The partisan rancor of the presidential campaign will have to give way to fiscal compromise no matter who wins, Goldman Sachs CEO Lloyd Blankfein told CNBC.
In recent days Blankfein has signed on to an effort to pressure Washington lawmakers into resolving the "fiscal cliff," a term Federal Reserve Chairman Ben Bernanke coined to describe a series of tax hikes and spending cuts that will take place if Congress and the White House fail to reach deficit-reduction targets.
He said he's optimistic a deal can get done despite how bitterly the battle has been fought between President Barack Obama and Republican challenger Mitt Romney. (Read More: 'Get It Done,' Immelt Tells DC on Fiscal Cliff Fix)
"Whatever the outcome, the country's looking at this election as a referendum," Blankfein said. "Whoever wins the election, I think there will have to be a compromise. The other side is not going to go into a funk."
The cliff entails a series of measures, most prominently tax cuts enacted during President George W. Bush's tenure, as well as extended unemployment compensation and a fix on the Alternative Minimum Tax.
While much of Wall Street has been banking on a settlement before the end of the year, Goldman's own economists have expressed worry that investors are being too sanguine over what might happen.
Blankfein warned of the consequences if a resolution does not occur. (Read More: Companies Are Sitting on More Cash Than Ever Before)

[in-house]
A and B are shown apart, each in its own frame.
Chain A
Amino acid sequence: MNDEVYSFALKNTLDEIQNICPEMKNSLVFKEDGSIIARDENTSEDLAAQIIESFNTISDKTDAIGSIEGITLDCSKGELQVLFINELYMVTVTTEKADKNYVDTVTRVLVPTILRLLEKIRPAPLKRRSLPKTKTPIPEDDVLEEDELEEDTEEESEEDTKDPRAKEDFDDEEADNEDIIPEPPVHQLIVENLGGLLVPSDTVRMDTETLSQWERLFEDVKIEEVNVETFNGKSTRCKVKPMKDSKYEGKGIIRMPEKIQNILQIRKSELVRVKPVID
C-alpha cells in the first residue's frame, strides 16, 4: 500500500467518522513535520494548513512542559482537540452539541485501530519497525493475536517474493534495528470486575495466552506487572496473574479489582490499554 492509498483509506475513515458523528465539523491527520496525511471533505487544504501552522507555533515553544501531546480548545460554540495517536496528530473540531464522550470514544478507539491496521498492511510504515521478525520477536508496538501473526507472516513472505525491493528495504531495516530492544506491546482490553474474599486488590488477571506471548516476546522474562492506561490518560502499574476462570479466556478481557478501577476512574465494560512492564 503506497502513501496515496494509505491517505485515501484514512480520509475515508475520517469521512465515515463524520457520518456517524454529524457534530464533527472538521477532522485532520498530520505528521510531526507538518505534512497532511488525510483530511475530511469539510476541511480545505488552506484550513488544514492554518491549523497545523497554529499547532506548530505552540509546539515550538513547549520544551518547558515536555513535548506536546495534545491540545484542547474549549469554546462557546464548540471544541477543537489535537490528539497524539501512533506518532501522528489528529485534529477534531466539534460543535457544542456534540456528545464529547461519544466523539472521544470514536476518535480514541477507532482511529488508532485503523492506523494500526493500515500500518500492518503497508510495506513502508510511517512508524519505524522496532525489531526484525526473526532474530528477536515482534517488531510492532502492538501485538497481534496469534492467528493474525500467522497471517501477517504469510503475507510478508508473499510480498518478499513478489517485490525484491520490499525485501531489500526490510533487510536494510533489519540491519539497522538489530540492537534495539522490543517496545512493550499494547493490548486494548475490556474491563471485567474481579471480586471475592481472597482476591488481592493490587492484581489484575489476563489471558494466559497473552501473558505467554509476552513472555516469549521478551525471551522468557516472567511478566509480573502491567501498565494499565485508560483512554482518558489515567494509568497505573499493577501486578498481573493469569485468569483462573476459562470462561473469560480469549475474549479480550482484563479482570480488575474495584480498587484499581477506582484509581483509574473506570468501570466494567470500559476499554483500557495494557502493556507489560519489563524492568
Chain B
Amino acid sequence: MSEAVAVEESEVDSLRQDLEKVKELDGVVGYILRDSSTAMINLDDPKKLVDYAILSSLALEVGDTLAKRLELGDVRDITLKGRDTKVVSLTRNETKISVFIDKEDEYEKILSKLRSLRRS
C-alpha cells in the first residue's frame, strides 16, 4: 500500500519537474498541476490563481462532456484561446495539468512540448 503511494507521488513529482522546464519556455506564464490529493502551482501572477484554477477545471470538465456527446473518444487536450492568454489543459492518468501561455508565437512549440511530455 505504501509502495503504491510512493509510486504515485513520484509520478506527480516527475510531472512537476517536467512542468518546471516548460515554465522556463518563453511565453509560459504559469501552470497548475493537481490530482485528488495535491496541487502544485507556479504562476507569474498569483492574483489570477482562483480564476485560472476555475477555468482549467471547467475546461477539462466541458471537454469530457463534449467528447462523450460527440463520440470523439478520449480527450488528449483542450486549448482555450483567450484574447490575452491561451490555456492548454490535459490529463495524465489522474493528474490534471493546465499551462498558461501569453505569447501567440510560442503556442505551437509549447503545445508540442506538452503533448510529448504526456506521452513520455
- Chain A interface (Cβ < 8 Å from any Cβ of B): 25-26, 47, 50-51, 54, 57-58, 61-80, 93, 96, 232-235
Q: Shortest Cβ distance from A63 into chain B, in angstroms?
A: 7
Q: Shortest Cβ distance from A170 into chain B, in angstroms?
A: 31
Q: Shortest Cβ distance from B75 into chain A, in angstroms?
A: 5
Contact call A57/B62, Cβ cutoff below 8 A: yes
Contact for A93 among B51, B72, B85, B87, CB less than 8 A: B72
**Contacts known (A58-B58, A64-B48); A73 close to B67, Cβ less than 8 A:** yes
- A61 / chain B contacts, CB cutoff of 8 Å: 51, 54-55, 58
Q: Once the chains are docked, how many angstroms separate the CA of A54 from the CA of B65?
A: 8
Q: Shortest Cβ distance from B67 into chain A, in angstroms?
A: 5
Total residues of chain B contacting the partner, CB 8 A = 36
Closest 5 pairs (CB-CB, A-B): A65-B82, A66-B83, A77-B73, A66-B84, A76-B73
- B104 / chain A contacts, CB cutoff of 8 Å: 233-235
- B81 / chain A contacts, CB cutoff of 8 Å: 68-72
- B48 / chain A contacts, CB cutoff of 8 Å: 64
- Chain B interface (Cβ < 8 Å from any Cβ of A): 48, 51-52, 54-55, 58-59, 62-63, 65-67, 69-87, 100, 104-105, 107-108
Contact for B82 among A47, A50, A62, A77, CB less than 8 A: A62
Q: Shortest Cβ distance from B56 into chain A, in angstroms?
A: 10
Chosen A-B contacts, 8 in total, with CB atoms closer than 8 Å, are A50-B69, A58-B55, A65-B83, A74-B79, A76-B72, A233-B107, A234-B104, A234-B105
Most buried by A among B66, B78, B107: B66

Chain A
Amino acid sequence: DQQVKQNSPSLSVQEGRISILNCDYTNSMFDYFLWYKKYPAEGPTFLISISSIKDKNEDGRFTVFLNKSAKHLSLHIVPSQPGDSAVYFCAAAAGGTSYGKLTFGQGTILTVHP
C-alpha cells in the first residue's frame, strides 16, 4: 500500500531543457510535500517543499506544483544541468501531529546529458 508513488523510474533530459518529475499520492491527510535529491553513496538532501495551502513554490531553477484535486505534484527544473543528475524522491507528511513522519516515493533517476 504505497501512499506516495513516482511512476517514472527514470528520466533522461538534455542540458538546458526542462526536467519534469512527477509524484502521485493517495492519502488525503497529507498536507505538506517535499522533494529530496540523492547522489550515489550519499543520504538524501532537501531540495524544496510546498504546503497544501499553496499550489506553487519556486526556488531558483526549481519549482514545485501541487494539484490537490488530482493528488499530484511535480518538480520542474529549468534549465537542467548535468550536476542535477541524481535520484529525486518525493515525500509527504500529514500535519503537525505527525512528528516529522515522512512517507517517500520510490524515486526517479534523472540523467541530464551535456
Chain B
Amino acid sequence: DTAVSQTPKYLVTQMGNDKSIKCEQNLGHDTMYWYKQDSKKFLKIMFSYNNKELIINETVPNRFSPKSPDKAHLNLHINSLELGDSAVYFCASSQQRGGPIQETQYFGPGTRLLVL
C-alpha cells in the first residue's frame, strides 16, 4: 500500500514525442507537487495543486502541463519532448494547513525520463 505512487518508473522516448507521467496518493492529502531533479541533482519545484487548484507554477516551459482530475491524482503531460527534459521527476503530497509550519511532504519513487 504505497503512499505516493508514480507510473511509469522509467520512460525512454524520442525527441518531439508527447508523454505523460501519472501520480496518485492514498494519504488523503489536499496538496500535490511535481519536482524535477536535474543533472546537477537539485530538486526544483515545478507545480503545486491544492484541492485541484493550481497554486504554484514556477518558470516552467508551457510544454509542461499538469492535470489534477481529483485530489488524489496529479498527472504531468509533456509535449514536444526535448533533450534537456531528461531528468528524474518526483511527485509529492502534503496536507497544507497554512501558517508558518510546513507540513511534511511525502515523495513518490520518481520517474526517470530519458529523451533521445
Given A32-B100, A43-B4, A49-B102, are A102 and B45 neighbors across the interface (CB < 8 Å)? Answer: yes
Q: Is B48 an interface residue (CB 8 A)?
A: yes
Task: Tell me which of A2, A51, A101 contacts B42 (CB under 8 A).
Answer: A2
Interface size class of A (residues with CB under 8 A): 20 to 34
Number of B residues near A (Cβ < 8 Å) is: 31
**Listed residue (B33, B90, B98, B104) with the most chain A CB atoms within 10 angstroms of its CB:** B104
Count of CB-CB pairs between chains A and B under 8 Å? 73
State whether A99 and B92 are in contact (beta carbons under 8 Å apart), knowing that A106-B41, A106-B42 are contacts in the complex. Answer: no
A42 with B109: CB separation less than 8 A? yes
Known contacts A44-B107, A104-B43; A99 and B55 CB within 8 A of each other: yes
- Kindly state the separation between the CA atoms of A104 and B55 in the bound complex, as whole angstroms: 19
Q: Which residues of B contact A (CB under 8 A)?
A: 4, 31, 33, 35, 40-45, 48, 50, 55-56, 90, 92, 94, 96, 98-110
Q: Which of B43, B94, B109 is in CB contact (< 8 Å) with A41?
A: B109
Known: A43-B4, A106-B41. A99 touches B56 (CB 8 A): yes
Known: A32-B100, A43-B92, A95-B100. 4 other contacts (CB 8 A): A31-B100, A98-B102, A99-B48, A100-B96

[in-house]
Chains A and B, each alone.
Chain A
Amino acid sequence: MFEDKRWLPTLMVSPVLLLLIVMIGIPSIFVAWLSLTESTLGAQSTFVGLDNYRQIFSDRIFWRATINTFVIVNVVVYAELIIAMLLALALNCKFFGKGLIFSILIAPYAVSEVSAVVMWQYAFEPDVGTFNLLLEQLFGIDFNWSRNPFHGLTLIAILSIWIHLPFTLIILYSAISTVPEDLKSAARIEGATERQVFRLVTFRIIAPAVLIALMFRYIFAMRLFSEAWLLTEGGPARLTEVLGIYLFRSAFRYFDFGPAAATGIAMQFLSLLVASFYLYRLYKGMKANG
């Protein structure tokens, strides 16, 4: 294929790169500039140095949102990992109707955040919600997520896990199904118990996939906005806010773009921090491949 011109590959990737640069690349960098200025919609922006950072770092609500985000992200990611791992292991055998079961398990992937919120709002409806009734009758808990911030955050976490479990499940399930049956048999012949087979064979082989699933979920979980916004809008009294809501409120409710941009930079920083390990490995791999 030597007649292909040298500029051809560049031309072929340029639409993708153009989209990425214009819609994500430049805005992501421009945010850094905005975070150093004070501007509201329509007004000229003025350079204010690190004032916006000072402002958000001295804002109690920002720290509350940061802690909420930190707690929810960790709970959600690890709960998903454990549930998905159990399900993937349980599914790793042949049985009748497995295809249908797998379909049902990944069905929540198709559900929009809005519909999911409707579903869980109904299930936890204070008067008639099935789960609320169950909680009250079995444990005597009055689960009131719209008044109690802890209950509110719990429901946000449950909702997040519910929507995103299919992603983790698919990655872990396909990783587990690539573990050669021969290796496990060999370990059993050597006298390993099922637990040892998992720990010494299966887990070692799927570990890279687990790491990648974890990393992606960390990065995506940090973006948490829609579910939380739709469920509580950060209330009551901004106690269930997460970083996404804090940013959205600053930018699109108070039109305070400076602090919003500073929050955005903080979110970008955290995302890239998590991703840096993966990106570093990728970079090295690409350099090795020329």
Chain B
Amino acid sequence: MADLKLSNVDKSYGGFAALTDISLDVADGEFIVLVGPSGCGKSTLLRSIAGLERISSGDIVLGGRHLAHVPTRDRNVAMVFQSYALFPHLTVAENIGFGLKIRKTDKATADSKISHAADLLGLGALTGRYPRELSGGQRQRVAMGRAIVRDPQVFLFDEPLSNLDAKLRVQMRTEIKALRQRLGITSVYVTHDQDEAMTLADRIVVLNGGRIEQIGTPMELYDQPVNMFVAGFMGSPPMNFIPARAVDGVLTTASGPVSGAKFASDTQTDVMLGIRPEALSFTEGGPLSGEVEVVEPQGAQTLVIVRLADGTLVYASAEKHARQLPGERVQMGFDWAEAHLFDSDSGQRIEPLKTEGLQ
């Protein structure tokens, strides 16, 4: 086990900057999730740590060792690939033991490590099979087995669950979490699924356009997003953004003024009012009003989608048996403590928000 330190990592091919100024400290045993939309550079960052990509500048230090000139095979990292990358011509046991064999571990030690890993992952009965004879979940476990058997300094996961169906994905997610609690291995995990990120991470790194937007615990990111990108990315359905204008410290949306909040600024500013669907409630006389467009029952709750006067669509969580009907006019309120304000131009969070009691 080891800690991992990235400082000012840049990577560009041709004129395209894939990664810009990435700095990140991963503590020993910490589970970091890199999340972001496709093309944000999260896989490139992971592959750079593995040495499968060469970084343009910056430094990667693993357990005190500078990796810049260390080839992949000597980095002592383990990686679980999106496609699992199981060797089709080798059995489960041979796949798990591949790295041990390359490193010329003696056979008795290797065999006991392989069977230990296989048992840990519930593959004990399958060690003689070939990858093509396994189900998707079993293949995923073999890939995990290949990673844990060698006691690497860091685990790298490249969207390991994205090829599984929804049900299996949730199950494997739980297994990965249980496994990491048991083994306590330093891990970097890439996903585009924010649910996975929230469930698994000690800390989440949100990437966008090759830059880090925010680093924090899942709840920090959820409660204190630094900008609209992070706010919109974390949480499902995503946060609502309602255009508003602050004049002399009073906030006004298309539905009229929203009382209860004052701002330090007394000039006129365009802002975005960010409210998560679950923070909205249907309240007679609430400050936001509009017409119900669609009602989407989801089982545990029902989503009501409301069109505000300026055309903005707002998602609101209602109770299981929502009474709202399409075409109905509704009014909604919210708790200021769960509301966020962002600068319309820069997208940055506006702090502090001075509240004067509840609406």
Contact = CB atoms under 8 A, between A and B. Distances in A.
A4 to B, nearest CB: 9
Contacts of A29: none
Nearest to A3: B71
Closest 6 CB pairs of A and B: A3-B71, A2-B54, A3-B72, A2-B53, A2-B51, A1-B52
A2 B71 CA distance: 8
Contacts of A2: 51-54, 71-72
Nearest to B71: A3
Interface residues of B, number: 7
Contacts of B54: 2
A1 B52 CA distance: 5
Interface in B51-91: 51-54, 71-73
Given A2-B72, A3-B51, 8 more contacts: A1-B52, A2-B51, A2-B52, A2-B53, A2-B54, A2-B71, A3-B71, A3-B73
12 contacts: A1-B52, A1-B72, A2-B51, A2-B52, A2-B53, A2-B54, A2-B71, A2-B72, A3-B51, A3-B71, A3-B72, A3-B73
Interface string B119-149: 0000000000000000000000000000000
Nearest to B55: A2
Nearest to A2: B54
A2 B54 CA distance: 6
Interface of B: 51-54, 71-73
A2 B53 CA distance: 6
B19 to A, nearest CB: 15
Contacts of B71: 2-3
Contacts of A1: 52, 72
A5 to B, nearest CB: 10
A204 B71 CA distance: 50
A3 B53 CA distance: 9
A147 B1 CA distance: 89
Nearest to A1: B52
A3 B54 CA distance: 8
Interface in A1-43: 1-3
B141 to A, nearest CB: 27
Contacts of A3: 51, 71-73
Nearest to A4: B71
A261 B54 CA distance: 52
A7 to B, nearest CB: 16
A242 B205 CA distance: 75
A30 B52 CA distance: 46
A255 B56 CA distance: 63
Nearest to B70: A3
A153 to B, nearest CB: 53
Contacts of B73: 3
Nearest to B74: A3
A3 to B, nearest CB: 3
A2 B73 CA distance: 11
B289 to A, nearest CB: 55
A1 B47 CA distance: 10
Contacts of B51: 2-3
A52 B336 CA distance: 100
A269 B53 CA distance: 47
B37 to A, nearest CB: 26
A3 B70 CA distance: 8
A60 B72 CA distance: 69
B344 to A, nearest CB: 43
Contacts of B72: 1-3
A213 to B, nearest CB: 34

"It won't be a winner-take-all, because at the end of the day they have to bring the other 49 percent — or, heck, the loser may have 51 percent of the popular vote — they have to bring that along and that will make the outcome and compromise more stable in the long run," he said.
"Depending on who wins, we should have a right-of-center outcome or a left-of-center outcome," he added. "But personally I do think it shouldn't veer too far from the center or else it's going to be a very volatile and unstable situation."
Despite the danger of not resolving the cliff issues, Blankfein said he has hope for the economy, which has languished under 1.3 percent growth and a high unemployment rate.
"If you keep your eye on the ball you can see we have an extraordinary amount of terrific things going for us, specifically in this country," he said. "Demographics, the energy situation, the fact that we've chewed through a lot of our problems...this next generation is going to have great opportunities."